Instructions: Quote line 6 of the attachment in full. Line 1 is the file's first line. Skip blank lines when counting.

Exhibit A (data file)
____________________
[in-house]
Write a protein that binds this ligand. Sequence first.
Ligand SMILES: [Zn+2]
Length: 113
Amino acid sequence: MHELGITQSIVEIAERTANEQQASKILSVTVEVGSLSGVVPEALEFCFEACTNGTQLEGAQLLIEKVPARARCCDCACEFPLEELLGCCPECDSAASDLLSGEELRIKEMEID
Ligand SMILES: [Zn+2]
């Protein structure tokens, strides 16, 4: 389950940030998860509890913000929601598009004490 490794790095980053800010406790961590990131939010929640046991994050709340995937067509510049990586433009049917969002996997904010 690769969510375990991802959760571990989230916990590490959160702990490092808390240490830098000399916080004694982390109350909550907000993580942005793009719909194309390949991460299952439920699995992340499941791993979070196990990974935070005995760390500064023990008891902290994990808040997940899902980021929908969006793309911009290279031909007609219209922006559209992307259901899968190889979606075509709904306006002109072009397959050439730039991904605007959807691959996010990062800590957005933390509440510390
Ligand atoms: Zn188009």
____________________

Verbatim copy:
Ligand SMILES: [Zn+2]